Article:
Public transportation has never faced a crisis as sustained and all-encompassing as the coronavirus pandemic.
Nonetheless, over the course of a brutal year, governments of almost every wealthy nation have reaffirmed their commitment to beleaguered public transportation systems. In the US, however, despite an early intervention to address the immediate Covid fallout, advocates have a lot less confidence.
City Monitor spoke with experts in Canada, East Asia, western Europe and Australia about the impacts of the pandemic on public transportation. None feared that systems in their nations would be deprived of the funds needed to continue providing decent service – and most even believed they would keep expanding.
“Transit is deeply political, and it’s political everywhere,” says Matti Siemiatycki, associate professor of planning and geography at the University of Toronto. “But in general, the notion that transit is a public good that needs public investment is still agreed upon across the ideological spectrum. That gives you some sense of optimism that if there needs to be a bridge until things return, there will be that support.”
In the US, by contrast, systems have been preparing doomsday scenarios, and advocates fear for the future. Before the most recent stimulus package was passed in December, Washington, DC planned to end weekend Metro service and run trains only every 30 minutes. The San Francisco Bay Area mass transit system was going to lay off a sixth of its workers, and it has already radically cut back service levels.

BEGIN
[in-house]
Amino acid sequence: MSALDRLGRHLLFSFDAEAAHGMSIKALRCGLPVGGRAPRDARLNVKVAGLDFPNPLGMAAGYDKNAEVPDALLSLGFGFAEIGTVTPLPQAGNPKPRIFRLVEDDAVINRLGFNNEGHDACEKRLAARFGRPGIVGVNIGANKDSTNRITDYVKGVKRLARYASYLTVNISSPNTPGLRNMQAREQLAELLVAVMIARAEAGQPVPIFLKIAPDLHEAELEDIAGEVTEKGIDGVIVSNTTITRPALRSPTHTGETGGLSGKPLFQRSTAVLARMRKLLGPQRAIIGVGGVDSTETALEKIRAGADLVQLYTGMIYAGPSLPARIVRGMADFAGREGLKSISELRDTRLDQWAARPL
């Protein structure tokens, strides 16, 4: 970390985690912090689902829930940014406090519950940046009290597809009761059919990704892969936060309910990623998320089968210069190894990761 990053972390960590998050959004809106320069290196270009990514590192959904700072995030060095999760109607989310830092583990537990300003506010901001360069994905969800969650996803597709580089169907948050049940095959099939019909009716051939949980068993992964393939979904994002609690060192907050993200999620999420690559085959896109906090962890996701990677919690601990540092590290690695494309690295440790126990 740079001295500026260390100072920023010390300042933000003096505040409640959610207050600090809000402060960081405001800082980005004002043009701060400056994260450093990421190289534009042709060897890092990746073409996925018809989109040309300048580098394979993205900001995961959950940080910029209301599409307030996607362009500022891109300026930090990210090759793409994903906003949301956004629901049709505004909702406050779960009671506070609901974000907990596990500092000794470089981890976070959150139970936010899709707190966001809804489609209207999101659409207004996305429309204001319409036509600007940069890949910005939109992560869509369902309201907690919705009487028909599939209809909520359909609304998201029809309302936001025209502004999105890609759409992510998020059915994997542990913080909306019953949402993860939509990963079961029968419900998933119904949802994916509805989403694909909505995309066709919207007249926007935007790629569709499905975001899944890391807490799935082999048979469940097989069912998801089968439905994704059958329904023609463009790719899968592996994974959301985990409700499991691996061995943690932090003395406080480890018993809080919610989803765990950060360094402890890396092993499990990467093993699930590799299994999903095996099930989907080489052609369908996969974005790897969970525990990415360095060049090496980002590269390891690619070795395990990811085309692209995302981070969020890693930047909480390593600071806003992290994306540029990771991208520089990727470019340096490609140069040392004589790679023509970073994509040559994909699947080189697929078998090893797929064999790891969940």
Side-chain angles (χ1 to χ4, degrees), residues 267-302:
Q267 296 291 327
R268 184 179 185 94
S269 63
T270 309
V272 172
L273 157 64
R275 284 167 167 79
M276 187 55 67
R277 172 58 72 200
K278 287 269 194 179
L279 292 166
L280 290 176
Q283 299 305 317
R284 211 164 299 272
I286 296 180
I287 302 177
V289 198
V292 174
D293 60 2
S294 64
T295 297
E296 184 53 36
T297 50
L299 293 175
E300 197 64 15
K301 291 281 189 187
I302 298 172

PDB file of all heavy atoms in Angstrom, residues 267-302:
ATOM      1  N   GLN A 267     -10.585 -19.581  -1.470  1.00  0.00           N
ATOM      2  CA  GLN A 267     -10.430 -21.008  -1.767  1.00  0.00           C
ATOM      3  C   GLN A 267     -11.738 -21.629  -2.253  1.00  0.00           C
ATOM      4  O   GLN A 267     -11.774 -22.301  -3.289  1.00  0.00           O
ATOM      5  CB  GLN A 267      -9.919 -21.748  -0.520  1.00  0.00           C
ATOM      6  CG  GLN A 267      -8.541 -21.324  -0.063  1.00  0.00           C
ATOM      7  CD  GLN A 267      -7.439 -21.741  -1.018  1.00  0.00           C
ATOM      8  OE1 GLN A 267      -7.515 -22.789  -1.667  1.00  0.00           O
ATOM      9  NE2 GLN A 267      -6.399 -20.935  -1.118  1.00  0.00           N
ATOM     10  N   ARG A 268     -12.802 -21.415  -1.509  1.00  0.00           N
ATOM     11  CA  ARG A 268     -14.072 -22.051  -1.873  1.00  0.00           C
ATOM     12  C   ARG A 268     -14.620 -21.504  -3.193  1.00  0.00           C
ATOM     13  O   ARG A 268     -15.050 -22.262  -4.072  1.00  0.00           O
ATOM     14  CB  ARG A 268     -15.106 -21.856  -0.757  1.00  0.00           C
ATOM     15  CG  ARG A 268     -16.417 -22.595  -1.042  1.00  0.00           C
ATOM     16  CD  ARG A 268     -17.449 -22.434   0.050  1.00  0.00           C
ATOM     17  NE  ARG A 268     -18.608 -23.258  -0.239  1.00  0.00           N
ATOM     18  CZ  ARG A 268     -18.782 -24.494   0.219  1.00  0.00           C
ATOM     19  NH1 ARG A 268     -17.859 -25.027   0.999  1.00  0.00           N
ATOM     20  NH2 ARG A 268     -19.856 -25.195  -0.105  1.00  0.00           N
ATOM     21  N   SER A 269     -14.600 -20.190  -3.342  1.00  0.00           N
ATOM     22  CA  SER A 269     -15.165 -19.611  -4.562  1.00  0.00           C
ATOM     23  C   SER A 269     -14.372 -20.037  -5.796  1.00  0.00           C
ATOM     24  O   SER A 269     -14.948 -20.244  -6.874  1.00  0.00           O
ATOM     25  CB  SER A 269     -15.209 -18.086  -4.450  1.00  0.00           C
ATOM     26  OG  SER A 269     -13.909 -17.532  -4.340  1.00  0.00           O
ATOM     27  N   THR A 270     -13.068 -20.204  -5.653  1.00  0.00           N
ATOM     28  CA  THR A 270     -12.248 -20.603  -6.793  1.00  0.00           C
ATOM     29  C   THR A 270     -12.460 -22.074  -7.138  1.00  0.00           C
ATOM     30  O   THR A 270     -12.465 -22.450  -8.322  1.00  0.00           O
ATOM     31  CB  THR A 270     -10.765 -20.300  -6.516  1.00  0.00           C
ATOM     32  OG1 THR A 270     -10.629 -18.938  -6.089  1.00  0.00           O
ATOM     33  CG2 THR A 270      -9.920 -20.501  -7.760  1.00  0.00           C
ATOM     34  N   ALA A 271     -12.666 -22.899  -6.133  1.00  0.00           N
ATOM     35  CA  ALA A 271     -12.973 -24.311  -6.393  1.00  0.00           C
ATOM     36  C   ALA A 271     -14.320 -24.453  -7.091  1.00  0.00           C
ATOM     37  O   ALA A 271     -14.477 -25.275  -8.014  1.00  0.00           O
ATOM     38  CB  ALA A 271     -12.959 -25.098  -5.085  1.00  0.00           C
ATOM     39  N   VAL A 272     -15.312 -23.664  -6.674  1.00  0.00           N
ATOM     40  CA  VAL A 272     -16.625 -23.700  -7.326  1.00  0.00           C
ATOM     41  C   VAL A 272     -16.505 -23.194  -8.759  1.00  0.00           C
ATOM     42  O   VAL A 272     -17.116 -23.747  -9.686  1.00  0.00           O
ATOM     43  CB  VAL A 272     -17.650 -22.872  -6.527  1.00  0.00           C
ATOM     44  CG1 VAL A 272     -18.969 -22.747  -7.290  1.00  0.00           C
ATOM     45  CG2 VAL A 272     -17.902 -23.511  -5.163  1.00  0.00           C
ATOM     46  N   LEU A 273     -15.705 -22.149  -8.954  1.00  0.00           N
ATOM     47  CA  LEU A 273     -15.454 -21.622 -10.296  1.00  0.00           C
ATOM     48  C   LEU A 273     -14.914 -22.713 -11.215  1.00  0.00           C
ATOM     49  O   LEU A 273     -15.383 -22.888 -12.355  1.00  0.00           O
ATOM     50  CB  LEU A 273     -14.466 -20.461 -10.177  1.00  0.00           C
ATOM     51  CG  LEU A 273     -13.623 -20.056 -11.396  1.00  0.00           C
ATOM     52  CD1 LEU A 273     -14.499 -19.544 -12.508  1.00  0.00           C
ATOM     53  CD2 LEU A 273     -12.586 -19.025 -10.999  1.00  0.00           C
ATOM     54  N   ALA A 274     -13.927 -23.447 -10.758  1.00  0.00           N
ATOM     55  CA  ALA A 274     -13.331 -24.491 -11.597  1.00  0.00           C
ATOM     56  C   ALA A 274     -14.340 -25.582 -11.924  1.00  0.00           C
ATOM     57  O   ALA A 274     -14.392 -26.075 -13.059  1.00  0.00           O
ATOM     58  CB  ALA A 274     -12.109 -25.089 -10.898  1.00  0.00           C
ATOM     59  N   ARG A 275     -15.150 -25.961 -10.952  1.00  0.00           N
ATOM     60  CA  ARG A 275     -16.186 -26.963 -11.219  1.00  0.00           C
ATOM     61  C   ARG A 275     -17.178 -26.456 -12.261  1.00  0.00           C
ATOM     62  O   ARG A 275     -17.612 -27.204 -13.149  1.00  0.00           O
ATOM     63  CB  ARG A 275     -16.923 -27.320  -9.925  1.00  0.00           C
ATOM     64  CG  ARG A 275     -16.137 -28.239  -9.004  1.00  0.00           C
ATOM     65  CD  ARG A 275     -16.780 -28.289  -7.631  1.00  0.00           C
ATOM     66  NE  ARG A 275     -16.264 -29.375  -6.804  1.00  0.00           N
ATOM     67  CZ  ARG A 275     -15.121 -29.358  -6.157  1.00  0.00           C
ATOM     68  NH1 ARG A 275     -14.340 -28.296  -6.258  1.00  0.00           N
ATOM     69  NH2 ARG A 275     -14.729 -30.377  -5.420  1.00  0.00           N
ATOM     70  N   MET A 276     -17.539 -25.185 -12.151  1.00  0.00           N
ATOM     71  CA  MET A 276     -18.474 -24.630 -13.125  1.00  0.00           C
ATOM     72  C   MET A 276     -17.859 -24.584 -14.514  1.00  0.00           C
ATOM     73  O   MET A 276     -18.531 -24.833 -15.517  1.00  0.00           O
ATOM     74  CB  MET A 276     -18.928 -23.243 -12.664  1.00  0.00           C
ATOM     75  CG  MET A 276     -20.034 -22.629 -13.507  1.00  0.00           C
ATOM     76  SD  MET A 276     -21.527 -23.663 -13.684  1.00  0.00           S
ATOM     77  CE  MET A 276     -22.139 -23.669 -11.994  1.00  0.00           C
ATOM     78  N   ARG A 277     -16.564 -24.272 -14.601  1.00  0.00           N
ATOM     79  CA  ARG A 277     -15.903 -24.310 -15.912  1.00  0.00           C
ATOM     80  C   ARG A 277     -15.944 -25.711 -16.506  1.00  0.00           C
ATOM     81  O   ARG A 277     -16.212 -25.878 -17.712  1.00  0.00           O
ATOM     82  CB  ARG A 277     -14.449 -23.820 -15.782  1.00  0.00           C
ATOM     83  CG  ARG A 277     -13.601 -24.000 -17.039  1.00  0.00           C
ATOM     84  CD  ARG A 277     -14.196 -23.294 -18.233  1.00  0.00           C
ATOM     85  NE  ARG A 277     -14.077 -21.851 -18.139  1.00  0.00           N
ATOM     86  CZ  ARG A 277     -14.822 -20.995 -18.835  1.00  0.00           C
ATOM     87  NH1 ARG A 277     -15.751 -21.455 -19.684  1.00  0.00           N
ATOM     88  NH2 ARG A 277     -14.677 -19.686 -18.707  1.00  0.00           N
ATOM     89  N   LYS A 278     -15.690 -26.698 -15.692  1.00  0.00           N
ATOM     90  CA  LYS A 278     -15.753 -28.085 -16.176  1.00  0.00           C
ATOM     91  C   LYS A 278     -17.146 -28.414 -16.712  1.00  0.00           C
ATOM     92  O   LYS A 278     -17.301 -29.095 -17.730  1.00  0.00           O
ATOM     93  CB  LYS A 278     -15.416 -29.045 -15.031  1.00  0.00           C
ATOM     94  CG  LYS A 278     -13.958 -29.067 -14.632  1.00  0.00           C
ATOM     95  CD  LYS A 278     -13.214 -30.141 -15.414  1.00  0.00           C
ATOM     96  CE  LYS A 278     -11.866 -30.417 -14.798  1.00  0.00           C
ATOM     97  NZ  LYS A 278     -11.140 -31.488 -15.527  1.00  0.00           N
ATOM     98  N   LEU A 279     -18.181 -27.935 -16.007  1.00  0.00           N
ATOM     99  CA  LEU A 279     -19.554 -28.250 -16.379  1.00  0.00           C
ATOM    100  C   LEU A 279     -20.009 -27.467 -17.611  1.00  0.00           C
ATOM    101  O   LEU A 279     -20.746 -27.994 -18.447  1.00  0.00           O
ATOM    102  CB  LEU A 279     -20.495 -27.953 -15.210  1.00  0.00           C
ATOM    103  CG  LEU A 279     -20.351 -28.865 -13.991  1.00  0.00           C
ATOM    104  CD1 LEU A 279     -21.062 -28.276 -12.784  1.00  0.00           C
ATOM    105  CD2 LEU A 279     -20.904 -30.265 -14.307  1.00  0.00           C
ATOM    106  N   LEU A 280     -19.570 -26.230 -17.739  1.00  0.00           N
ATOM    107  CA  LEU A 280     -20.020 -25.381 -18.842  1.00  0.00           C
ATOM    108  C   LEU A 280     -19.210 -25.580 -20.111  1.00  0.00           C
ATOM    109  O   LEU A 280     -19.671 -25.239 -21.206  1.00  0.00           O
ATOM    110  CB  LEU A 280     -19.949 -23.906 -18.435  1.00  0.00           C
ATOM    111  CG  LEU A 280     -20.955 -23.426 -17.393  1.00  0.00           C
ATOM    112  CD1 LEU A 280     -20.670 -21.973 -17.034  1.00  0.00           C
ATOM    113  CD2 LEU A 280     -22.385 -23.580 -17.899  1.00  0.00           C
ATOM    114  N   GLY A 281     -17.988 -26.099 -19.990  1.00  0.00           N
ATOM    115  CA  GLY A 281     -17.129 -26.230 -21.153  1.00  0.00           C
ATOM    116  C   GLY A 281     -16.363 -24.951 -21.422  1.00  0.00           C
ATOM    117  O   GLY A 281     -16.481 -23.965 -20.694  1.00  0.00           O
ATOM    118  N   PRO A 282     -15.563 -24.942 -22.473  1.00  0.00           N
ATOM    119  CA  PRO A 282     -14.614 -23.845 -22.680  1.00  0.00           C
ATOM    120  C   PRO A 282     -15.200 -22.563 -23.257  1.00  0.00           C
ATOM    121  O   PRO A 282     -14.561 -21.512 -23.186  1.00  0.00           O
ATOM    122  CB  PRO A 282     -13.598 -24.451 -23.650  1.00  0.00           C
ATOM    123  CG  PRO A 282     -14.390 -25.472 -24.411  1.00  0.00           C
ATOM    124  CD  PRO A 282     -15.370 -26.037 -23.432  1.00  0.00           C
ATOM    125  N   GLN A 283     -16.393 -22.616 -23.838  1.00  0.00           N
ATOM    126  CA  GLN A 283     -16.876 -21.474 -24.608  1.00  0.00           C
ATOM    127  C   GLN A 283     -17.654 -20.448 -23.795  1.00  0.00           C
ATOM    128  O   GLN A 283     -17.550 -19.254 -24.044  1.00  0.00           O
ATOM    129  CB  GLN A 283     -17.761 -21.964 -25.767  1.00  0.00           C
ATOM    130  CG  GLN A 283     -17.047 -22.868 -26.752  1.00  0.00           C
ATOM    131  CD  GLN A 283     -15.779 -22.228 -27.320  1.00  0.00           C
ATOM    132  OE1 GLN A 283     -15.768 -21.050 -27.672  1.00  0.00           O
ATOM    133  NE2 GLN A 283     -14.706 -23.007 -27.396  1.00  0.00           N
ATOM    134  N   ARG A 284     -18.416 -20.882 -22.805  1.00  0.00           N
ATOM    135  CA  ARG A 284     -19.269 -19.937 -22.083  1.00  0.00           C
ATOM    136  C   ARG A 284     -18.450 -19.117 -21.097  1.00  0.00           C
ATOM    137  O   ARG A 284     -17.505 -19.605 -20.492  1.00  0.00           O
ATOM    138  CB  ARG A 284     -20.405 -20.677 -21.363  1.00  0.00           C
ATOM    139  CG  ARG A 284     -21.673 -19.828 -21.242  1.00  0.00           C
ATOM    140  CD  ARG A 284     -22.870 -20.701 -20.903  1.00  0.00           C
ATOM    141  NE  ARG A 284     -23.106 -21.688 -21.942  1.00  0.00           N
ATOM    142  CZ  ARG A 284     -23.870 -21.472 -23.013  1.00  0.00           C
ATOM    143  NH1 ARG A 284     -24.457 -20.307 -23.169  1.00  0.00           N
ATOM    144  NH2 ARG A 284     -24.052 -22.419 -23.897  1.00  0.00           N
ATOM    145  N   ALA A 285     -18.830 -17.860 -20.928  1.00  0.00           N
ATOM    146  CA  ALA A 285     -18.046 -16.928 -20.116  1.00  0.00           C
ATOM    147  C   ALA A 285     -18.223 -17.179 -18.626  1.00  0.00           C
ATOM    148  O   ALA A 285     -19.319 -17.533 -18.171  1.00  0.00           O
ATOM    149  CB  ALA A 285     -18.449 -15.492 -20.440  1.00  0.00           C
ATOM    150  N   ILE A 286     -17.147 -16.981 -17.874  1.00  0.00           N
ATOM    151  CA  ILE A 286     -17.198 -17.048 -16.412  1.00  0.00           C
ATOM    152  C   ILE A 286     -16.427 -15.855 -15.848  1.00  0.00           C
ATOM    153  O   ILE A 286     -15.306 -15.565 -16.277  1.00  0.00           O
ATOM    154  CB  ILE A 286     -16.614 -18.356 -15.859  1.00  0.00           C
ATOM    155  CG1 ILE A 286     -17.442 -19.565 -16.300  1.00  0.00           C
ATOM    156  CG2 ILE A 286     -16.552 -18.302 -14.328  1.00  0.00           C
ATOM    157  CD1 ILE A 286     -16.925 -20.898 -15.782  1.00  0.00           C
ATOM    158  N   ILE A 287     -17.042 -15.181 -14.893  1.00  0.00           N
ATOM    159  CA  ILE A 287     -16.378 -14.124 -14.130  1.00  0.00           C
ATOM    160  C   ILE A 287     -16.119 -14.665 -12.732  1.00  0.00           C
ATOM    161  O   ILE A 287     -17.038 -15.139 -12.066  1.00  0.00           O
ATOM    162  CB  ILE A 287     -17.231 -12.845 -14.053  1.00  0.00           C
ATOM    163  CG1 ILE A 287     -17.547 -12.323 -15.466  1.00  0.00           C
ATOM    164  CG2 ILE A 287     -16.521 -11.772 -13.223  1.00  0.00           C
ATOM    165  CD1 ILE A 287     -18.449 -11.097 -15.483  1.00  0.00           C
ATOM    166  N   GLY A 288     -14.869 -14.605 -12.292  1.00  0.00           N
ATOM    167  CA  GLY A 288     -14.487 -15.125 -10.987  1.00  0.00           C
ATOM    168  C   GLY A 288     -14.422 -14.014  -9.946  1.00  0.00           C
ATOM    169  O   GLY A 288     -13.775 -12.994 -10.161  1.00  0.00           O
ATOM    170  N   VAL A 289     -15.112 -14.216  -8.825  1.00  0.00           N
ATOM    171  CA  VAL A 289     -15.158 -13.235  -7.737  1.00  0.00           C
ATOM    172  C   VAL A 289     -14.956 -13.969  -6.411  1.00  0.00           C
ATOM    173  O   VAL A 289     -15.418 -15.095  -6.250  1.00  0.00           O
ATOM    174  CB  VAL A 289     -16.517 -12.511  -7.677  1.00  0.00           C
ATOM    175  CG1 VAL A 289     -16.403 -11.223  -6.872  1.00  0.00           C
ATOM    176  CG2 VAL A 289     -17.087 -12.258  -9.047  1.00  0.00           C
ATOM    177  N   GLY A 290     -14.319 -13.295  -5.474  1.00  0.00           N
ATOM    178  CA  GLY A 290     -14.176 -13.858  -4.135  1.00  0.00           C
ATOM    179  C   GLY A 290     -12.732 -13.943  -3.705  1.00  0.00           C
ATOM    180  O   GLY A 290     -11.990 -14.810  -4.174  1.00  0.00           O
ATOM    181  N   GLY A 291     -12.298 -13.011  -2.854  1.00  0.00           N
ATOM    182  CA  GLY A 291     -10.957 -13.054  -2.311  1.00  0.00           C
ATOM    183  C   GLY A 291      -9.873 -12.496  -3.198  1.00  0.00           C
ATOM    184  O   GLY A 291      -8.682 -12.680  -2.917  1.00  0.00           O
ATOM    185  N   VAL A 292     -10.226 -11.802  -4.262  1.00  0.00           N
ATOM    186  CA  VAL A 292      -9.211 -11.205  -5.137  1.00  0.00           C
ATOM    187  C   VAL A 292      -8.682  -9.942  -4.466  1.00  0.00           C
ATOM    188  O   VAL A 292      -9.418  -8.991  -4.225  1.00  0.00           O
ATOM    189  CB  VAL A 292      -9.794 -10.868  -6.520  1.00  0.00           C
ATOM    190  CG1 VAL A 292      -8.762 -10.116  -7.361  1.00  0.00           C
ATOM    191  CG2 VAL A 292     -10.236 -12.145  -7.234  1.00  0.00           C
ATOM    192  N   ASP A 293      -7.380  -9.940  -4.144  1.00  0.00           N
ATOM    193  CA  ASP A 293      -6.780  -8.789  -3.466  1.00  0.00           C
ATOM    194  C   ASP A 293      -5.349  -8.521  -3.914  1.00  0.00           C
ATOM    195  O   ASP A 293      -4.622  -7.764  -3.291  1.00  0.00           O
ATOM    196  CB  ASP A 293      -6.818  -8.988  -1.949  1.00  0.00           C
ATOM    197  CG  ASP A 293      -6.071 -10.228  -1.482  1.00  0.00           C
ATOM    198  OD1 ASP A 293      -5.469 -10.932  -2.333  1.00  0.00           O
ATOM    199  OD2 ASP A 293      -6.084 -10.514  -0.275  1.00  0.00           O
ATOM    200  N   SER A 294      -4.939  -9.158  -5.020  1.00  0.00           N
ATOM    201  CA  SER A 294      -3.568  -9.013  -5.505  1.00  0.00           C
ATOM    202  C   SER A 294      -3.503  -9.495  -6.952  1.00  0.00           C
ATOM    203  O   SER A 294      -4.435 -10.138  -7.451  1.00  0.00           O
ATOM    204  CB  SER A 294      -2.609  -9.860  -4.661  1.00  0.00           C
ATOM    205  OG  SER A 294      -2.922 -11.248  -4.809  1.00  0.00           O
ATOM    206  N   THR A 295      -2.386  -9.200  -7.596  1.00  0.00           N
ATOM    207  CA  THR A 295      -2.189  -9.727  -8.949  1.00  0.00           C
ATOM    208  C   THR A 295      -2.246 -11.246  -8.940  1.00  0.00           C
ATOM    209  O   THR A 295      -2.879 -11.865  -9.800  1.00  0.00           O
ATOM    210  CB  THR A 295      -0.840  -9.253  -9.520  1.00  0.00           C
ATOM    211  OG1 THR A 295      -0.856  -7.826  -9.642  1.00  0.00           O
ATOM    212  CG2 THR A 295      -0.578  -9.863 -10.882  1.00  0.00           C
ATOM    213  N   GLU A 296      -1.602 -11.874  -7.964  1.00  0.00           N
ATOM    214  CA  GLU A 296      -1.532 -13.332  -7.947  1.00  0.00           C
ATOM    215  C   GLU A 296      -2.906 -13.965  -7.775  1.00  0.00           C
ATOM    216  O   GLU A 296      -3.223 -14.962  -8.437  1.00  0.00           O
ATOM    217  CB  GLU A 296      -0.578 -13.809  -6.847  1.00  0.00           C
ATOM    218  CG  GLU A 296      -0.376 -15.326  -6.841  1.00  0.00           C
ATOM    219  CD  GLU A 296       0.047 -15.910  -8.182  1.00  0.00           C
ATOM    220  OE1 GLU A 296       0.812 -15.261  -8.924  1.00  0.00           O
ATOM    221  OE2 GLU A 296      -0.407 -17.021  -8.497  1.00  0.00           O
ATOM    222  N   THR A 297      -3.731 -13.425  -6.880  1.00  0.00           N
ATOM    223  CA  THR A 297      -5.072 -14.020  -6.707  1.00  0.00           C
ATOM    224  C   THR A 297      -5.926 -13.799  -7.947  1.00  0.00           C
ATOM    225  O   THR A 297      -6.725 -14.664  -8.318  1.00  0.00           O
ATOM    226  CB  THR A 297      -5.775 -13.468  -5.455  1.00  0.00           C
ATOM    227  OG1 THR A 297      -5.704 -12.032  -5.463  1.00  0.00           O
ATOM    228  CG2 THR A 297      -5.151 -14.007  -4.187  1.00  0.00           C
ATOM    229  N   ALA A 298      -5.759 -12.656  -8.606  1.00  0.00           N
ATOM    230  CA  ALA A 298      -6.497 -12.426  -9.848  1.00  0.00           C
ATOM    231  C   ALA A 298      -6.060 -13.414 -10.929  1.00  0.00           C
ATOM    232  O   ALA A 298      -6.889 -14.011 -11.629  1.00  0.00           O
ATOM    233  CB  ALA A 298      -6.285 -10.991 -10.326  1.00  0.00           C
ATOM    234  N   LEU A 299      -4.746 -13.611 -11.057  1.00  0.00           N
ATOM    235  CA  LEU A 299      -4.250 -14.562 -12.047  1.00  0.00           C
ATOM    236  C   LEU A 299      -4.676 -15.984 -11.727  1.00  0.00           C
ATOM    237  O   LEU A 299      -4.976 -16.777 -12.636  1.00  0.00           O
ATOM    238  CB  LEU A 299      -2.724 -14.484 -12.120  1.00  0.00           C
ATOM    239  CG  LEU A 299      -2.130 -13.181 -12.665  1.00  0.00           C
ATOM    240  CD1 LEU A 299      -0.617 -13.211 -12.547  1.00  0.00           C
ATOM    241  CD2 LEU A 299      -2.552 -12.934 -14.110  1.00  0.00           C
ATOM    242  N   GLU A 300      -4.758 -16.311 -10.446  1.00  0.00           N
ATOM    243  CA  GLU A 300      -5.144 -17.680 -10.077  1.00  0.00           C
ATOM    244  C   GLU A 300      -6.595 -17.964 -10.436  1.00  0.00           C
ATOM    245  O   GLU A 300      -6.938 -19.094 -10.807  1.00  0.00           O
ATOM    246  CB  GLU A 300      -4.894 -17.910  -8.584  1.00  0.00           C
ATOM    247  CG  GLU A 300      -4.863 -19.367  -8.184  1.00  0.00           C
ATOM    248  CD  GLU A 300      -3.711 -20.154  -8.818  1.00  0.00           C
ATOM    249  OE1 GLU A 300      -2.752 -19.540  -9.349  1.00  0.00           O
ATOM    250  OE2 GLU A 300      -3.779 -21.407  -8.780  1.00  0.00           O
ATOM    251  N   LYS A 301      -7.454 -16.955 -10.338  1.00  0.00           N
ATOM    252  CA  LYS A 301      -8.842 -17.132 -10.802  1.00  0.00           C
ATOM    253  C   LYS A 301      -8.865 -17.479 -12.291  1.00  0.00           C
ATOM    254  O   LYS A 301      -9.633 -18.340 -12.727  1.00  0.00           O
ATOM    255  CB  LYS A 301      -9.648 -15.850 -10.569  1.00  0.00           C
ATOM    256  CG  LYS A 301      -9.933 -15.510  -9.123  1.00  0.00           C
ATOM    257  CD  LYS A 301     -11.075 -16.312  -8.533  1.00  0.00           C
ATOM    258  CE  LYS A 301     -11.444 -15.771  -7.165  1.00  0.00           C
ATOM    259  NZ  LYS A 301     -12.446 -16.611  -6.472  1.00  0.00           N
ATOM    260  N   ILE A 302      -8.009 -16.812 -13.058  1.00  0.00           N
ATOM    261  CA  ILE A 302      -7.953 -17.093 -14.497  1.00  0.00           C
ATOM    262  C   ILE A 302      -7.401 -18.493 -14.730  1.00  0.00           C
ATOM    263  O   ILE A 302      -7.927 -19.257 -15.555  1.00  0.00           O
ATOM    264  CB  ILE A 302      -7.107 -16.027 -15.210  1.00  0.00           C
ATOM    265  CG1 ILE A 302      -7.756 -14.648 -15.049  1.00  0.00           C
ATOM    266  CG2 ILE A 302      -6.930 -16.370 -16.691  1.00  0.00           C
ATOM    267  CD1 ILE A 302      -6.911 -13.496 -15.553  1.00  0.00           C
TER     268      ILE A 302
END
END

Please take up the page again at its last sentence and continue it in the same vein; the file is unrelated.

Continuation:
Even with the relief offered by the December stimulus, advocates fear that US transit agencies won’t receive the kind of backing needed not only to sustain prior service but help shift people away from polluting and carbon-intensive car usage. By contrast, transit operators in other wealthy countries have avoided struggling along in survival mode.
Most wealthy nations’ transit operators remain confident
In the US, the political system has created a coalitional arrangement that is highly polarised around density and ensures that the Republican Party – with its rural and exurban base – is disinterested (if not hostile) to transit. To make matters worse, public transportation is a way of life in only a handful of cities. Most of the sprawling country is accessible by car alone.
By contrast, mass transit in western Europe “is really deeply ingrained in city mobility”, says Jörn Richert, head of consulting and policy at the Mobility Institute Berlin. “Almost everyone uses public transport. At the same time, there’s just less space. There’s fewer, smaller streets. All that shapes the debate a lot.”
Many of the wealthy East Asian nations are also compact and deal with similar constraints. But advocates in sprawling countries like China, Canada and Australia are similarly confident their systems can emerge from the crisis intact – even if they aren’t sure just how yet.
That doesn’t mean there hasn’t been pain. Many governments were initially slow to provide relief (with the exception of the US), and layoffs were only narrowly avoided in Canadian systems, for example, as a result. In the UK, a long-awaited train line dubbed Crossrail 2, meant to connect south-west and north-east London, has been cancelled as part of a £1.8bn ($2.5bn) rescue package for the city’s transit system.